Santos presented Obama with a bound copy of the agreement and thanked the American president for supporting the process.
Santos says U.S. deserves some credit for an agreement that will change both Colombia and the larger region.
Pakistan’s Prime Minister Nawaz Sharif is strongly criticizing suppression of protests by archrival India in the disputed territory of Kashmir.
Sharif called Wednesday for an independent inquiry into extra-judicial killings and a U.N. fact-finding mission to investigate what he termed “brutalities.”
The South Asian nations’ dispute over Kashmir is a perennial topic that surfaced at the annual gathering of world leaders at the U.N.
Tensions have intensified since the July 8 killing of a popular Kashmir rebel commander by Indian soldiers. More than 80 people have been killed in the protests. India accuses Pakistan of supporting rebels in Indian-held Kashmir.
Sharif called for dialogue with India over their Kashmir dispute, and said Pakistan was ready for talks to agree on a bilateral nuclear test ban treaty between them.
Japanese Prime Minister Shinzo Abe says the mandate of the U.N. to uphold world peace is being threatened by North Korea’s pursuit of nuclear weapons.
Abe devoted about half of his address to the General Assembly on Wednesday on the topic of North Korea, which earlier this month conducted its fifth nuclear test in defiance of repeated Security Council resolutions intended to constrain its weapons development.
Abe said North Korea this year fired three missiles into Japan’s exclusive economic zone and it was a matter of luck that no ships or aircraft were damaged.
He said after the recent nuclear test the North Korean threat is increasingly grave, and urged unity in the council to confront it.
Abe said, “We must concentrate our strengths and thwart North Korea’s plans.”
Ukrainian President Petro Poroshenko is lambasting Russia for being “the instigator and major participant” in the conflict in eastern Ukraine.
Addressing the 71st session of the U.N. General Assembly on Wednesday, Poroshenko accused Russia of “financing, sponsorship, and coordination of terrorist groups which have committed countless crimes against my compatriots.”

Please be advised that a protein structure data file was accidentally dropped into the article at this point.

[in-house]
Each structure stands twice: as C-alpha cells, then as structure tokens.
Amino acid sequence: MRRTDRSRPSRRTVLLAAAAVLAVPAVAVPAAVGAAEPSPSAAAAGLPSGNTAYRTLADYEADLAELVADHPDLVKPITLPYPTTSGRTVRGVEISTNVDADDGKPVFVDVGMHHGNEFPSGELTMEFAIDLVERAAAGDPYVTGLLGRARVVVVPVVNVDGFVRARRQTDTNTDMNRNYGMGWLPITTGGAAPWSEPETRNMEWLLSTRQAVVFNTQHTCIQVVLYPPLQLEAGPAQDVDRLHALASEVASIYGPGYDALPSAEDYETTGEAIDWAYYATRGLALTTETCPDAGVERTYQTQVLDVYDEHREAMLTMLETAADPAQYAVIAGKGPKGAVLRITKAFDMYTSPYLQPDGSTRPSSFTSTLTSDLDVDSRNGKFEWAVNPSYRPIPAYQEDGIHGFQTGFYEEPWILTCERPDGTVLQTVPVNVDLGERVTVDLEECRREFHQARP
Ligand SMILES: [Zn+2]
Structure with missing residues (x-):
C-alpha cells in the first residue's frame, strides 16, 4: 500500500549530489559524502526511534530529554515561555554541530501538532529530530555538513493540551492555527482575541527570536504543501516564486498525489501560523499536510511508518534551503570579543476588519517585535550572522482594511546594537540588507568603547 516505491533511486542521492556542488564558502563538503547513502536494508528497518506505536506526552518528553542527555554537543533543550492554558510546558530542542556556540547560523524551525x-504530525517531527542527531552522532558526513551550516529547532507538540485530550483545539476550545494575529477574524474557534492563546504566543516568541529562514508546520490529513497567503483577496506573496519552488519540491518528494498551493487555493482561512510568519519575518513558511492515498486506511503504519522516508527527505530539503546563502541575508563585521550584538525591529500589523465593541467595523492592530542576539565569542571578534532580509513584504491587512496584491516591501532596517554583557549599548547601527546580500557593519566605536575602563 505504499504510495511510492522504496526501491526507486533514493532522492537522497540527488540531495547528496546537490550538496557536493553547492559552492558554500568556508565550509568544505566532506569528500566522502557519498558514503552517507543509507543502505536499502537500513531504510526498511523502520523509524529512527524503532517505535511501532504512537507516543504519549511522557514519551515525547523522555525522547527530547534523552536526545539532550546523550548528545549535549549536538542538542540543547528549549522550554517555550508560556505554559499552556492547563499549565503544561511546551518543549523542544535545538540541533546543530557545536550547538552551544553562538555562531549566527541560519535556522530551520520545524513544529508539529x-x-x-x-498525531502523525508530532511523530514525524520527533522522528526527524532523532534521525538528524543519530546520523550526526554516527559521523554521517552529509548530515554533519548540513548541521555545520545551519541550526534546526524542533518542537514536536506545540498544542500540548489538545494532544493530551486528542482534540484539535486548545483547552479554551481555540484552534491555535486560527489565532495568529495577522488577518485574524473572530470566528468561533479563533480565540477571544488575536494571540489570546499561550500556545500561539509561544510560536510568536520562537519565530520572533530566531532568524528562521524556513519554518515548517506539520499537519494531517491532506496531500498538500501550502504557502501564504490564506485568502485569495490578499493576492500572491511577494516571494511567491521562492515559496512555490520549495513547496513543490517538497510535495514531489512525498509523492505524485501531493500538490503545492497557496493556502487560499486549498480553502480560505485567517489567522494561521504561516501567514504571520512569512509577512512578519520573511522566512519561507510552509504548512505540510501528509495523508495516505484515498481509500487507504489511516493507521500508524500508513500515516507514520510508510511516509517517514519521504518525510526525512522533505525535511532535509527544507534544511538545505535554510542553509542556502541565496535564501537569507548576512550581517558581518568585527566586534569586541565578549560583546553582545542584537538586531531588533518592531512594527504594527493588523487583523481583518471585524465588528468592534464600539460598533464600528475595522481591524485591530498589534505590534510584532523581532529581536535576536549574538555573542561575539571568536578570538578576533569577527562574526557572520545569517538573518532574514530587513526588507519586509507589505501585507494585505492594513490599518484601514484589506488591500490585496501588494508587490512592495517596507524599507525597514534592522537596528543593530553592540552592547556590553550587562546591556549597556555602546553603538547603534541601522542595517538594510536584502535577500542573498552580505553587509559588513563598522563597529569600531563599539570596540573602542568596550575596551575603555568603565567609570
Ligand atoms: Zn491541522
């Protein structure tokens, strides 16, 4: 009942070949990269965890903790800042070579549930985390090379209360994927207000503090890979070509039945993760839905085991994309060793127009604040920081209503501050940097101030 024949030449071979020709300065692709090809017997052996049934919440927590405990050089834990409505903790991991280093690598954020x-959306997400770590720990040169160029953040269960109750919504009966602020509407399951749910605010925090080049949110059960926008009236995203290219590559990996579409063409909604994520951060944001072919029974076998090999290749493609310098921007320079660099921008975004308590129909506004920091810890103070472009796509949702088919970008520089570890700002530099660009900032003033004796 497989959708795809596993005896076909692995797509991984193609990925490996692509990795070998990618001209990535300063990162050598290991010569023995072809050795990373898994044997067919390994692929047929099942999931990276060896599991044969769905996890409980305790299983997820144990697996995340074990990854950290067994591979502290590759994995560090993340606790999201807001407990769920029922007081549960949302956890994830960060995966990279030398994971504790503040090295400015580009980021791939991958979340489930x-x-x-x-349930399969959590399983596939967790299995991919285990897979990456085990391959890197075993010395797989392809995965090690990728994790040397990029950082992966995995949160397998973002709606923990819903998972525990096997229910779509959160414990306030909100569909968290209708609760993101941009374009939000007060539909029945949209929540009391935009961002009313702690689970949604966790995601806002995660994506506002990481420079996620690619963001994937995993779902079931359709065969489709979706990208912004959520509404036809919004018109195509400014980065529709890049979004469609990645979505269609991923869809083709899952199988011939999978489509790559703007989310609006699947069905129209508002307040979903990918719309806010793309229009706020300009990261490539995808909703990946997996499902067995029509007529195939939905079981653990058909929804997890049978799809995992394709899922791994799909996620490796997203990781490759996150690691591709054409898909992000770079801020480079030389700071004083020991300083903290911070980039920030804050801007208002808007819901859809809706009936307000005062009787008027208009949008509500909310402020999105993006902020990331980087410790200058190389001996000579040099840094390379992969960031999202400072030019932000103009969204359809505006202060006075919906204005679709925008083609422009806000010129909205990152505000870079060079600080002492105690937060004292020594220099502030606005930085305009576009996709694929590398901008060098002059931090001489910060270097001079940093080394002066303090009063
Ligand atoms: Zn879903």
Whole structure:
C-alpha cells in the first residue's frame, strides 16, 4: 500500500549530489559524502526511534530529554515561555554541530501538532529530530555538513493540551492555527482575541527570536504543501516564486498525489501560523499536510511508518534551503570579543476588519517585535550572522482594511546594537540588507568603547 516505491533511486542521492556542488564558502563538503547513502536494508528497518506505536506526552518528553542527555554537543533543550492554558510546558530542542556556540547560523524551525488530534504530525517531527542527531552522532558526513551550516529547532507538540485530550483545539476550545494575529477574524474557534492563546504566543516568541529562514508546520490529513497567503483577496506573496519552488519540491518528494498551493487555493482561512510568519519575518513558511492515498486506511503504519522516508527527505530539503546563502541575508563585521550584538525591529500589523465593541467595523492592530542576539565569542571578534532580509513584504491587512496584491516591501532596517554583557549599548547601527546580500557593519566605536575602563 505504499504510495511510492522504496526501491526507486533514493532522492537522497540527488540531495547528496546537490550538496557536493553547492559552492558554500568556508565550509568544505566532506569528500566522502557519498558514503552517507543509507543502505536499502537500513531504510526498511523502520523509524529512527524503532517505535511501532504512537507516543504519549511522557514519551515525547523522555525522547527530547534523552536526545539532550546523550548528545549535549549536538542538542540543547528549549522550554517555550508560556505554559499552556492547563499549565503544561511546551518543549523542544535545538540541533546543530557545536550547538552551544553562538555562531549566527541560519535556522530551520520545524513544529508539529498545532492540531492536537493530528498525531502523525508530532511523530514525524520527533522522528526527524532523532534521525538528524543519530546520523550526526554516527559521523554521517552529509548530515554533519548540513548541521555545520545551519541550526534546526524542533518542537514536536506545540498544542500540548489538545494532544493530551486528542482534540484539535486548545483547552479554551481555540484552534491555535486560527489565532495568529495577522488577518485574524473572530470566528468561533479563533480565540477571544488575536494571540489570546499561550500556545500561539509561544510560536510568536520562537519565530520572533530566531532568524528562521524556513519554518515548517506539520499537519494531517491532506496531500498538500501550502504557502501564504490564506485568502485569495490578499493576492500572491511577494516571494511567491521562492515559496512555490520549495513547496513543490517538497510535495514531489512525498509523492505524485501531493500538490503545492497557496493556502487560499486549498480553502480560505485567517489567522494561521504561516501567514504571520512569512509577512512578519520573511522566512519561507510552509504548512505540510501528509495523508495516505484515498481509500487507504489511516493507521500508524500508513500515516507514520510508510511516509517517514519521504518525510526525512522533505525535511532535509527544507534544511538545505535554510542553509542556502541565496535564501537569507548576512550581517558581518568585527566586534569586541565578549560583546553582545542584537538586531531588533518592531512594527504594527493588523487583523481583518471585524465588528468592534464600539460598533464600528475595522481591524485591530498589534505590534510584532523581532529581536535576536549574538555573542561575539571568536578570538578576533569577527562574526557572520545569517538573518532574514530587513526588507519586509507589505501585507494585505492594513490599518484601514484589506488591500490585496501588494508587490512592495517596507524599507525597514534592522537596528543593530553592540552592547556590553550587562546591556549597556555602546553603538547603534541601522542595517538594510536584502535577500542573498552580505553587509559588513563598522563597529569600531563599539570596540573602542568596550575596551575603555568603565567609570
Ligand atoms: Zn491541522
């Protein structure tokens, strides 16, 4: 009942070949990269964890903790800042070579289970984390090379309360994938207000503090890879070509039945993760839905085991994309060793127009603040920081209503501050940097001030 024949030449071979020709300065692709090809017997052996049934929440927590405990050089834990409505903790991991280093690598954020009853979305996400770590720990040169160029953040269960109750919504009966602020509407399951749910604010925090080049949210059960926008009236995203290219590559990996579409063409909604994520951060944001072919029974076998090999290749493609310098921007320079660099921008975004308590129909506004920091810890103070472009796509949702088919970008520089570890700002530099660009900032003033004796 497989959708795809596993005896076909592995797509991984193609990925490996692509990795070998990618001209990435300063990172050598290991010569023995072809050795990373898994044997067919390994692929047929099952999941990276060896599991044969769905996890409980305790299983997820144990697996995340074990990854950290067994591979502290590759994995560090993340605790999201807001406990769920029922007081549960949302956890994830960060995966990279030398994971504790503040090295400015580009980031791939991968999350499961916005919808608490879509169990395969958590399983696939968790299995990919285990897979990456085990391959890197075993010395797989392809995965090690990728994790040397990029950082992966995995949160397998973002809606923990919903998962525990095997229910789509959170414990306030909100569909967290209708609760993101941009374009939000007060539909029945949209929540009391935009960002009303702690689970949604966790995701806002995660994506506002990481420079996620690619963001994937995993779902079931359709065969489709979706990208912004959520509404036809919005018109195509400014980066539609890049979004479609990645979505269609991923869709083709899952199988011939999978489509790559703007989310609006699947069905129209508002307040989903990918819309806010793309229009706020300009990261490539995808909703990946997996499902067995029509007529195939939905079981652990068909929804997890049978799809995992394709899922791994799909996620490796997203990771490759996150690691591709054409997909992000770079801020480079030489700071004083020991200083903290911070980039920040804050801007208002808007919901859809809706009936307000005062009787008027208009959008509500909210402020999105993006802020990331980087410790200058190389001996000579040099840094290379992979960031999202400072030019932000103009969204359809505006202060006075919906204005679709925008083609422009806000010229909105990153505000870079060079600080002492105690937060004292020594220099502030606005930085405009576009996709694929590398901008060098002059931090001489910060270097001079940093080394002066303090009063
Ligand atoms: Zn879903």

“The terrorist component of the undeclared hybrid war that Russia wages against Ukraine is evident,” he stressed.
The conflict in eastern Ukraine between Russian-backed separatist rebels and Ukrainian government troops has killed more than 9,600 people since it erupted in April 2014, according to the United Nations.
Representatives of Ukraine and separatist rebels agreed Wednesday to pull back troops and weapons from several areas in eastern Ukraine in an attempt to uphold a fragile peace agreement reached in February 2015 in Minsk.
Former political prisoner Aung San Suu Kyi is making her first speech at the U.N. General Assembly since she formed a democratically elected government in Myanmar.
Suu Kyi says that when the people of Myanmar voted to elect her party to lead a new civilian government last November, shifting from decades of military rule, they were exercising their right to fashion their dreams and aspirations for their country.
She says national reconciliation in the country also known as Burma — an ethnically diverse country riven by long-running civil conflict — is her government’s highest priority.
Suu Kyi says that Myanmar does not fear international scrutiny of the situation in Rakhine state where there have been sectarian tensions between Buddhists and Rohingya Muslims.
A senior Saudi official is warning that any attempt by the U.S. government to hold his country responsible in connection with elements of the Sept. 11 attacks on the World Trade Center could backfire.
Crown Prince Mohammed bin Naif bin Abdulaziz Al-Saud also told the U.N. General Assembly on Wednesday that the desert kingdom sees “a good relation with Iran,” amid heightened tensions between the two neighbors.
U.S. Congress this month sent President Barack Obama a bipartisan bill that gives victims’ families the right to sue in U.S. court for any role that elements of the Saudi government may have played in the 2001 attacks. Obama has signaled he will veto the bill.
Al-Saud said any such law “will have negative repercussions,” without going into detail.
Afghanistan says “merciless attacks from terrorist groups” against its civilians are being planned and organized on Pakistani territory.
Vice President Sarwar Danesh told the U.N. General Assembly on Wednesday that Afghanistan has repeatedly asked Pakistan to destroy known terrorist safe havens but there’s been no change in the situation.
Danesh said the Taliban and Haqqani network are trained, equipped and financed there. He said Pakistan has a dual policy, discriminating between what it views as “good and bad terrorists,” which undermines the international order.
Danesh said the government was leaving the door open to armed groups willing to seek peace. He said such an agreement is about to be signed with the Hezb-e-Islami group whose leader, Gulbuddin Helmatyar, is a U.S.-designated terrorist.